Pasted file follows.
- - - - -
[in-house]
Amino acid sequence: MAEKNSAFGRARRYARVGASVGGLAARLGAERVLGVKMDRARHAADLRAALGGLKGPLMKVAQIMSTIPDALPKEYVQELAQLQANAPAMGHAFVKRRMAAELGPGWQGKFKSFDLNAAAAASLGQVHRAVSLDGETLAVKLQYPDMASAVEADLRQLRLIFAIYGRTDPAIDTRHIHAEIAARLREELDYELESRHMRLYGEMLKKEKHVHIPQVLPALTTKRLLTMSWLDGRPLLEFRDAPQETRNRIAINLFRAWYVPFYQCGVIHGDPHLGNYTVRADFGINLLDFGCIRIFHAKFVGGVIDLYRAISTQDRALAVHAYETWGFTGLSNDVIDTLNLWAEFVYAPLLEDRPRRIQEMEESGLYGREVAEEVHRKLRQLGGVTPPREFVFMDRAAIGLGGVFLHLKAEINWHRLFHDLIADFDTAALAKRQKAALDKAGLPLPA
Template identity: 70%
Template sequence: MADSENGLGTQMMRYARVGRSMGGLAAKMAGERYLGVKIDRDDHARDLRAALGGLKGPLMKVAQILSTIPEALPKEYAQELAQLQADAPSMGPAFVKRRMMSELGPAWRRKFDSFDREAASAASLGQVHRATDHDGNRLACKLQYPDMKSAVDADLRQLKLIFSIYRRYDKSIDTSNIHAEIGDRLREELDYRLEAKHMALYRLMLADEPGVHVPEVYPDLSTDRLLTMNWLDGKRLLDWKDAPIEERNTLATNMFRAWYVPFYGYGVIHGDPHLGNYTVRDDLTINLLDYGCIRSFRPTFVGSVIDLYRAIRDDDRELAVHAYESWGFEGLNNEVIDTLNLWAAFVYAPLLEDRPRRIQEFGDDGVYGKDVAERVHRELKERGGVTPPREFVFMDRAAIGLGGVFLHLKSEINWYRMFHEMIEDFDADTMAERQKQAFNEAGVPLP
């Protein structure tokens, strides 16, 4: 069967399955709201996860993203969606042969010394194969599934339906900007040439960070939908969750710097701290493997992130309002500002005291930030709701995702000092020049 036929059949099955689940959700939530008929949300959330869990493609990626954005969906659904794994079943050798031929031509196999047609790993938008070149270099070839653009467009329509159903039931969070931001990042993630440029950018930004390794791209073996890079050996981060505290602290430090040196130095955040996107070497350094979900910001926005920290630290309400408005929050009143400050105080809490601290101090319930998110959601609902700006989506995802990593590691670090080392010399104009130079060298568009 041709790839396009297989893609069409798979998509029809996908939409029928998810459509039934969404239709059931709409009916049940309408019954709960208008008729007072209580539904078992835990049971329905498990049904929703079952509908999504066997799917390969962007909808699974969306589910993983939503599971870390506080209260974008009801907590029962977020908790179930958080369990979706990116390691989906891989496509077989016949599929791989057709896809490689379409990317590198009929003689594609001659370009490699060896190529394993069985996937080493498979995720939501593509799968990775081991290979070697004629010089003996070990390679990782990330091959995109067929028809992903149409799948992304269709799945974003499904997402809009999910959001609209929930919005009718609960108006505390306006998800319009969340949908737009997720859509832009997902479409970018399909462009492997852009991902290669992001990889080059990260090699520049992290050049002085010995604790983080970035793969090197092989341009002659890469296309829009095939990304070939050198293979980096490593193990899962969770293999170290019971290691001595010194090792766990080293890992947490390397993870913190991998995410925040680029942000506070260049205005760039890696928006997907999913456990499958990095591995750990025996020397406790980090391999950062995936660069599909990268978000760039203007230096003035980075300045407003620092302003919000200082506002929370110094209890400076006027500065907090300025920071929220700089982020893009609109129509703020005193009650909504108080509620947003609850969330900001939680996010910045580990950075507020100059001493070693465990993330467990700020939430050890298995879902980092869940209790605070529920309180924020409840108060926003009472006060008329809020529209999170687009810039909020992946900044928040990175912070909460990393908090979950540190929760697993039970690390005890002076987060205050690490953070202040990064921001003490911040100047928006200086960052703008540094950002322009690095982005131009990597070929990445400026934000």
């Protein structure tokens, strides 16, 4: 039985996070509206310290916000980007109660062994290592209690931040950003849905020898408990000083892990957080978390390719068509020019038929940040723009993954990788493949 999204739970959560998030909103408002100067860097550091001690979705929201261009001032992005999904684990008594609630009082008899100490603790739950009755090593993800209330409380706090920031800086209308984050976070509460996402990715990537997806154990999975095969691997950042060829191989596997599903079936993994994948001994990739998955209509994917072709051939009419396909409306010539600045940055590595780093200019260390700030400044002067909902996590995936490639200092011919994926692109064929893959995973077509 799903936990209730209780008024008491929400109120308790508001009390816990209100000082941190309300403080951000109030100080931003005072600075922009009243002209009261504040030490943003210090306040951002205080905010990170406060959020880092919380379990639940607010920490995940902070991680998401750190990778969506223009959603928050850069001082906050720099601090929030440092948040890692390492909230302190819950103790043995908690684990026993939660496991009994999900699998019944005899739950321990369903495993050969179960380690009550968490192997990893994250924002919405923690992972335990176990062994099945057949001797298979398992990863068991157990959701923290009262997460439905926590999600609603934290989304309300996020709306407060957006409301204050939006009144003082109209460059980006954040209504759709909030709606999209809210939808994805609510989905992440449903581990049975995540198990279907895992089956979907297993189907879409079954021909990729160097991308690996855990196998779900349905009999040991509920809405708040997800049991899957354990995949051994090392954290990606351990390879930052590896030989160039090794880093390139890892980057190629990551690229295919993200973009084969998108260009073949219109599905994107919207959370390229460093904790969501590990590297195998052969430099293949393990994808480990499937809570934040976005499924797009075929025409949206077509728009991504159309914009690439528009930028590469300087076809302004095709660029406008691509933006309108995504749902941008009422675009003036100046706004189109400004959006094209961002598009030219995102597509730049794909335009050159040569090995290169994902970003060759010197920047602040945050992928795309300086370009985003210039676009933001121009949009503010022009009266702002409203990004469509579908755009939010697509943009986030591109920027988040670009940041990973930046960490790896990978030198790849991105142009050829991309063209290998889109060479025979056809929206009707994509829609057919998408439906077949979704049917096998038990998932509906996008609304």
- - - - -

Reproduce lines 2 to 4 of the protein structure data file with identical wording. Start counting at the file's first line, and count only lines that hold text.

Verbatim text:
Amino acid sequence: MAEKNSAFGRARRYARVGASVGGLAARLGAERVLGVKMDRARHAADLRAALGGLKGPLMKVAQIMSTIPDALPKEYVQELAQLQANAPAMGHAFVKRRMAAELGPGWQGKFKSFDLNAAAAASLGQVHRAVSLDGETLAVKLQYPDMASAVEADLRQLRLIFAIYGRTDPAIDTRHIHAEIAARLREELDYELESRHMRLYGEMLKKEKHVHIPQVLPALTTKRLLTMSWLDGRPLLEFRDAPQETRNRIAINLFRAWYVPFYQCGVIHGDPHLGNYTVRADFGINLLDFGCIRIFHAKFVGGVIDLYRAISTQDRALAVHAYETWGFTGLSNDVIDTLNLWAEFVYAPLLEDRPRRIQEMEESGLYGREVAEEVHRKLRQLGGVTPPREFVFMDRAAIGLGGVFLHLKAEINWHRLFHDLIADFDTAALAKRQKAALDKAGLPLPA
Template identity: 70%
Template sequence: MADSENGLGTQMMRYARVGRSMGGLAAKMAGERYLGVKIDRDDHARDLRAALGGLKGPLMKVAQILSTIPEALPKEYAQELAQLQADAPSMGPAFVKRRMMSELGPAWRRKFDSFDREAASAASLGQVHRATDHDGNRLACKLQYPDMKSAVDADLRQLKLIFSIYRRYDKSIDTSNIHAEIGDRLREELDYRLEAKHMALYRLMLADEPGVHVPEVYPDLSTDRLLTMNWLDGKRLLDWKDAPIEERNTLATNMFRAWYVPFYGYGVIHGDPHLGNYTVRDDLTINLLDYGCIRSFRPTFVGSVIDLYRAIRDDDRELAVHAYESWGFEGLNNEVIDTLNLWAAFVYAPLLEDRPRRIQEFGDDGVYGKDVAERVHRELKERGGVTPPREFVFMDRAAIGLGGVFLHLKSEINWYRMFHEMIEDFDADTMAERQKQAFNEAGVPLP